Saturday, January 21, 2017

Colossian 1:15

Following his greeting and prayer, Paul moves into a discussion on the pre-eminence of Christ in the areas of Creation, Redemption, and the Church. Since Paul is writing under the influence of the Holy Spirit and is developing this concept of the centrality of Christ in the Church, it is a viable set of ideas that he delves into. Paul is working to emphasize to the Colossians the headship of Jesus over the Church. So, he goes back to the very beginning of all things – Creation.

Paul in this letter is dealing with the heresies of the Gnostic beliefs slipping into the Colossian Church. They did not believe in the deity of Jesus Christ, and thus Paul is going to develop a logical set of arguments against this false belief. In the following verse, Paul provides us with nine distinguishing identifying marks of Jesus’ superiority to any other person who has ever lived.

Paul starts by telling us that Jesus is the image of the invisible God. The word he uses here, eikon, and means image or likeness. This is more than just a representation, it is a manifestation or revelation.[1] This is a different word than what he used in letter tot eh Philippians where he spoke of Jesus “existing in the form of God” (2:6 ASV). The word in the Philippian letter was morphe, and this carries the meaning of having the special or characteristic features, thus the nature and character of God in this passage.[2]

Jesus was born flesh (John 1:14) and thus could show us the invisible (Greek aoratos – “not visible”) God. He was God and thus could robe Himself in flesh and give us the manifestation or revelation of the One who is invisible (Heb. 11:27). Only because Jesus is God, could He then reveal the invisible God. Jesus was the fullness of the logos that John spoke about in the beginning of the Gospel bearing his name.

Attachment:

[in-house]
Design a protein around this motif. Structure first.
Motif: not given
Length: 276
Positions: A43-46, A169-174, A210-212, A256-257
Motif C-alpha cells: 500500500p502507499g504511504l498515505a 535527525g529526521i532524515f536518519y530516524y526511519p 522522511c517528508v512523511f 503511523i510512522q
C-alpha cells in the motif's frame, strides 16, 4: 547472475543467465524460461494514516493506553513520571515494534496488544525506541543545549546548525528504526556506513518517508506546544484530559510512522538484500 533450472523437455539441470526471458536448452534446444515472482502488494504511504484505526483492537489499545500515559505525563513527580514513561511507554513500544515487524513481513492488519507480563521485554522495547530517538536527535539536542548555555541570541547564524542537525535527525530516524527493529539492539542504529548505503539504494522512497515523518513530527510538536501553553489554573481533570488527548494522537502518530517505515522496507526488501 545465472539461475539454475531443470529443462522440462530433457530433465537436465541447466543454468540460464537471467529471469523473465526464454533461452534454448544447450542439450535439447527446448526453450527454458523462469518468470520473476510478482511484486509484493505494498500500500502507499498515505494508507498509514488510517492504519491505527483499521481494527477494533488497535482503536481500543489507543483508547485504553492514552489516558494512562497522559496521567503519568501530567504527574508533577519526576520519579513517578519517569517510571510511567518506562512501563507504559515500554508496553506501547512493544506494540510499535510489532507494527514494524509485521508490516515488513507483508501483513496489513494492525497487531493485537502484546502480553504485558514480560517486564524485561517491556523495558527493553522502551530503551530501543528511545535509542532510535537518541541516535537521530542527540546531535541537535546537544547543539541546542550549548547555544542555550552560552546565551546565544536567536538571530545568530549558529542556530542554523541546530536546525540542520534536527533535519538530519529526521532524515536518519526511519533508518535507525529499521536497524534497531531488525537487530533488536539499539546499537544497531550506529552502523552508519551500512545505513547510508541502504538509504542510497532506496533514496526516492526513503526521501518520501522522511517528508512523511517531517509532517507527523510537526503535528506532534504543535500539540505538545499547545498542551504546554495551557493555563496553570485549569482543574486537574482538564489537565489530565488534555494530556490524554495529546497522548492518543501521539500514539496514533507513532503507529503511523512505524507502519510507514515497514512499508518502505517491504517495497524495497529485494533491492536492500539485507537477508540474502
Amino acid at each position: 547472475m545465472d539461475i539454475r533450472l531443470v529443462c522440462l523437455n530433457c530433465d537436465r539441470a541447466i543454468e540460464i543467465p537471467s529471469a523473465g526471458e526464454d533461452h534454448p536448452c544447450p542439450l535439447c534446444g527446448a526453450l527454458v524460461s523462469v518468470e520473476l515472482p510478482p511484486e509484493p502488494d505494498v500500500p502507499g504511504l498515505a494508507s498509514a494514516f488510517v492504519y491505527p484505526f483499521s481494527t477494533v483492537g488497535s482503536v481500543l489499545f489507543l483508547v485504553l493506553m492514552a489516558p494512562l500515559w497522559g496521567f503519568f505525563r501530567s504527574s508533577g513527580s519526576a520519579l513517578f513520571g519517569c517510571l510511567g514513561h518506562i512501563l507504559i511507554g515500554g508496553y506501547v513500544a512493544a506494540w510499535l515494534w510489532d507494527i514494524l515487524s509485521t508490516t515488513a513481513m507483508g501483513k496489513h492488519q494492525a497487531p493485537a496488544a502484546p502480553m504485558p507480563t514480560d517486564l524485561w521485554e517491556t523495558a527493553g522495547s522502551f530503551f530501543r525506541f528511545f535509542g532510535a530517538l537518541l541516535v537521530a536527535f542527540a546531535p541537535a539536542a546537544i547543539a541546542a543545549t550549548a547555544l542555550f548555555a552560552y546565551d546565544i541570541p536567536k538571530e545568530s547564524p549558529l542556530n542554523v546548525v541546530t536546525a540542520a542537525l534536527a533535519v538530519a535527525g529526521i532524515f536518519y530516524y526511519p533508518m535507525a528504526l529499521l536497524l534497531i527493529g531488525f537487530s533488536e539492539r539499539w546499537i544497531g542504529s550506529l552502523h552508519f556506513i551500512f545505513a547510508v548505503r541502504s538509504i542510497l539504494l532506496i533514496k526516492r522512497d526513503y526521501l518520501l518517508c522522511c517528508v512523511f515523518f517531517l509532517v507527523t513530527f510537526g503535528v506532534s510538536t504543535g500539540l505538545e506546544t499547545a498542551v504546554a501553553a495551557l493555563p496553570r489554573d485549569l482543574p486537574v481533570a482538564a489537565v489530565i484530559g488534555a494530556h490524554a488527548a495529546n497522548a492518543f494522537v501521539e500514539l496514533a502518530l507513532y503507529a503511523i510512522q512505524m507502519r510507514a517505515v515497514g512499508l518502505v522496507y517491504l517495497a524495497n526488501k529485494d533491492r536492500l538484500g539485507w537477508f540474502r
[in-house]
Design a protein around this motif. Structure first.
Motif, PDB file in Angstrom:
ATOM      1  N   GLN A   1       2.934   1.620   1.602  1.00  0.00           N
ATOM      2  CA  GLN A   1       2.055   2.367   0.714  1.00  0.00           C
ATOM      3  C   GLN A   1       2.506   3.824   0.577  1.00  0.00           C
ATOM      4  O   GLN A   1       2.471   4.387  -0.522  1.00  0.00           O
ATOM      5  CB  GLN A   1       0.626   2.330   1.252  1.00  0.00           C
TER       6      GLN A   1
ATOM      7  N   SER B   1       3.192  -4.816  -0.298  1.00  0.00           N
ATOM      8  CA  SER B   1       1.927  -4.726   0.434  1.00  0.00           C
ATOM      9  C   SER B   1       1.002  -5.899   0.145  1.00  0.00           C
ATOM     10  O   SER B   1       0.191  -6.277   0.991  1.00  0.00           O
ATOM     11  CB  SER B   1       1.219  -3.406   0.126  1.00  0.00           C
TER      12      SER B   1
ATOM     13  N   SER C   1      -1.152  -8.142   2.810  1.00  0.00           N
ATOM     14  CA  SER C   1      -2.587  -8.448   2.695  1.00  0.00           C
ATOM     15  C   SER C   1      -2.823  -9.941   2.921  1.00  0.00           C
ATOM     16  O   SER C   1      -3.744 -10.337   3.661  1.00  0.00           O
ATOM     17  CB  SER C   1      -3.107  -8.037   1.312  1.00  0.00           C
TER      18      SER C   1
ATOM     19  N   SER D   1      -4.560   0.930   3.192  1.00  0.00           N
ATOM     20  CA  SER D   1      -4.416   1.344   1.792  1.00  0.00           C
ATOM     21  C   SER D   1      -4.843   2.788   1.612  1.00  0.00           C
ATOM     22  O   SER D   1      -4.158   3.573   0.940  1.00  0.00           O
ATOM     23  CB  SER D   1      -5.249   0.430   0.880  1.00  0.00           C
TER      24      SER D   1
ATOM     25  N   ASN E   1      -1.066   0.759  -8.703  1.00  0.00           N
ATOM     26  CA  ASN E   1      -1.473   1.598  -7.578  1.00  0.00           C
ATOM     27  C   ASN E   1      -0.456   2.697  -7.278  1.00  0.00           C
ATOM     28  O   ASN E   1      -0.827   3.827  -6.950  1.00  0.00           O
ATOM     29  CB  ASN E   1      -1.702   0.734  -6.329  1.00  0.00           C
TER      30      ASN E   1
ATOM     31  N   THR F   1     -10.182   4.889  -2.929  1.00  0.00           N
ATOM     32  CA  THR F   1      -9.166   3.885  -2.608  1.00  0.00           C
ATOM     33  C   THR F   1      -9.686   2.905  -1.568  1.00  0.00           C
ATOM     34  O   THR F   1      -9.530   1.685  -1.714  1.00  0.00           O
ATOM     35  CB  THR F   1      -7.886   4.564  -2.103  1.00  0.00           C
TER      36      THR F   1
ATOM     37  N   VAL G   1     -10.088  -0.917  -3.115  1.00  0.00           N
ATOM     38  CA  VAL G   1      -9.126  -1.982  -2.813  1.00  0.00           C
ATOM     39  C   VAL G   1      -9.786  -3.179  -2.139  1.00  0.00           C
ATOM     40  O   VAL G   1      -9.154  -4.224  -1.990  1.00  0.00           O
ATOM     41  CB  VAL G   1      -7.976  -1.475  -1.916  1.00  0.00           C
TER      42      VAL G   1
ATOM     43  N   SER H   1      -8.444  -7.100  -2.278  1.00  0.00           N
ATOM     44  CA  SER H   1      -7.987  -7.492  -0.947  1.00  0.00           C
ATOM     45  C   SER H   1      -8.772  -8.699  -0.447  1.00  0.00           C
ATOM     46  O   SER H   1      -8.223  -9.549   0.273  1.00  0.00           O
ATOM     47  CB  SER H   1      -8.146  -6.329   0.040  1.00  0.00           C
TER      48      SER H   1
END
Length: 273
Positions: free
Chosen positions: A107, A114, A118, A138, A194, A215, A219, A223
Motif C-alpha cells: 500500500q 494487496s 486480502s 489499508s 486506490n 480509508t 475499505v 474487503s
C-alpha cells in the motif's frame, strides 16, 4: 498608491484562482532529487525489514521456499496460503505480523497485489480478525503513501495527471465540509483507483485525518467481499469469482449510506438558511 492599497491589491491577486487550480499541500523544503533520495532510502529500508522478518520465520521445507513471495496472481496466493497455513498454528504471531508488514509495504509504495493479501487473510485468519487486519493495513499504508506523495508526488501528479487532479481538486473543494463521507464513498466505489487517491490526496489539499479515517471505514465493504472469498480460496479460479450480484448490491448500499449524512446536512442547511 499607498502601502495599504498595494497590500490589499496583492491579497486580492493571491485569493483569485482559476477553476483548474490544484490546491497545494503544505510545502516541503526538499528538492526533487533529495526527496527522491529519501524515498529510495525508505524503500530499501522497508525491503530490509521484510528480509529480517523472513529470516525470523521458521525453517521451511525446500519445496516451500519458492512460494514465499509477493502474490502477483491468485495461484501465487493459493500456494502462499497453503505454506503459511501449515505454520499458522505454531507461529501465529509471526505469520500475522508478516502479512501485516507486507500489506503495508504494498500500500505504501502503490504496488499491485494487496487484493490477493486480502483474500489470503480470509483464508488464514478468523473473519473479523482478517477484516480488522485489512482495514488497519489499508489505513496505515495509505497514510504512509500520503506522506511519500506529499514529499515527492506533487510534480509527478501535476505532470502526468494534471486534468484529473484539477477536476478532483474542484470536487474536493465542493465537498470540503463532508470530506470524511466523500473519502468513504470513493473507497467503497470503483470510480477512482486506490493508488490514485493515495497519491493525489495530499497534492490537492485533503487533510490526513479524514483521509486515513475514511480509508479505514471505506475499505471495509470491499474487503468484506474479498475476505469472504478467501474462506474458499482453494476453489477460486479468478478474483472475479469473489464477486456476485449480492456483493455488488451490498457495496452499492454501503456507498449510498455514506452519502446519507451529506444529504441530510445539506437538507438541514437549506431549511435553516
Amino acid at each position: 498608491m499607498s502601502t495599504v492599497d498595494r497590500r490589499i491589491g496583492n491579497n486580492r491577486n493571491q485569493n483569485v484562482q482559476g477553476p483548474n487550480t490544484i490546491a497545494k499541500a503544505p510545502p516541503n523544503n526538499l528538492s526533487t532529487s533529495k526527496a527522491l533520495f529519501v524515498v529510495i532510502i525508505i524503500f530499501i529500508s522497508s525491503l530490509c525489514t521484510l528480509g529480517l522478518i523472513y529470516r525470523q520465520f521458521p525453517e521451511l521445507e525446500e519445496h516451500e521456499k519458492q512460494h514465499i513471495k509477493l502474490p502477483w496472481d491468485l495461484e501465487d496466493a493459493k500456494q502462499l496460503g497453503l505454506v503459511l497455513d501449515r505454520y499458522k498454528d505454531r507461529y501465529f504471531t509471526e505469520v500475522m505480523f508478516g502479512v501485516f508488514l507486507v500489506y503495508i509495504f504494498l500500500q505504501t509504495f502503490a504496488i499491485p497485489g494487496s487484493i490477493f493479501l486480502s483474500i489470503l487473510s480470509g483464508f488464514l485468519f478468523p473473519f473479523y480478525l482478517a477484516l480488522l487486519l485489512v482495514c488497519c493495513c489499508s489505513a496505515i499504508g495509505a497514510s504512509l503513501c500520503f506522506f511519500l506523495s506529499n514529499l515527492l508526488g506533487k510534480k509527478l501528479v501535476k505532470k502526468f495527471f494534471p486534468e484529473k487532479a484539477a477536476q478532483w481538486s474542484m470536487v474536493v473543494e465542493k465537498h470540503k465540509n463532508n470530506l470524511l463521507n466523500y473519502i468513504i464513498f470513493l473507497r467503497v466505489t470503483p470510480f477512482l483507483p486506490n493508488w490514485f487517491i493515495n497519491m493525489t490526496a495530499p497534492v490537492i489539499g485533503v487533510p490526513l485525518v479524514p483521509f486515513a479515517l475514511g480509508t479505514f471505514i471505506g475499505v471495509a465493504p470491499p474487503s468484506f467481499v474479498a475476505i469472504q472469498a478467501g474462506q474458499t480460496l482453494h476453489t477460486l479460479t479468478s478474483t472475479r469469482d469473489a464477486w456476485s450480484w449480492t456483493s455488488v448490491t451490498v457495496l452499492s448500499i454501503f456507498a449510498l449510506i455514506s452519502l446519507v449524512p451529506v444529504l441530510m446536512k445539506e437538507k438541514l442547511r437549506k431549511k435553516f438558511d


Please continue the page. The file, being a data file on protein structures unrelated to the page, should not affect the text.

The second identifying mark he writes about, is that Jesus is the firstborn (Greek prototokos) of all creation. That reveals His relationship to the Father in the Godhead. “Firstborn” indicates His priority before all Creation.

Nowhere does the Scriptures teach that Jesus Christ had His beginning at Bethlehem. Micah 5:2 prophesies His being born at Bethlehem, but it clarifies it with the statement that His “goings forth are from of old, from everlasting. (ASV)” Isaiah 9:6 (ASV) tells us “For unto us a child is born, unto us a son is given", a child is born, but a son is given – in other words, He came out of eternity and took on humanity.

The point here is His pre-existence from all eternity, second, His supremacy of position over Creation, and finally, His being recognized as Messiah.[3]

Prayer: I give thanks that a child was born in Bethlehem, the eternal, everlasting Son of God, given for my redemption. Father, Your great love shines forth because of what lengths You went to secure my salvation. You are worthy of all praise and worship. May I never forget, nor take for granted this so-great salvation. Amen.

[1] W. E. Vine, Merrill F. Unger and William White, Vine's Complete Expository Dictionary of Old and New Testament Words (Nashville, Tennessee: Thomas Nelson, Inc., 1996). Page 318. 
[2] George Wigram, New Englishman’s Greek-English Concordance & Lexicon (Lafayette, Indiana: Sovereign Grace Publishers, 1982). Page 580. And, W. E. Vine, Merrill F. Unger and William White, Vine's Complete Expository Dictionary of Old and New Testament Words (Nashville, Tennessee: Thomas Nelson, Inc., 1996). Page 251. 
[3] Psalm 89:27 states – “I also will make him my first-born, The highest of the kings of the earth.” This is understood as referring to the Messiah.

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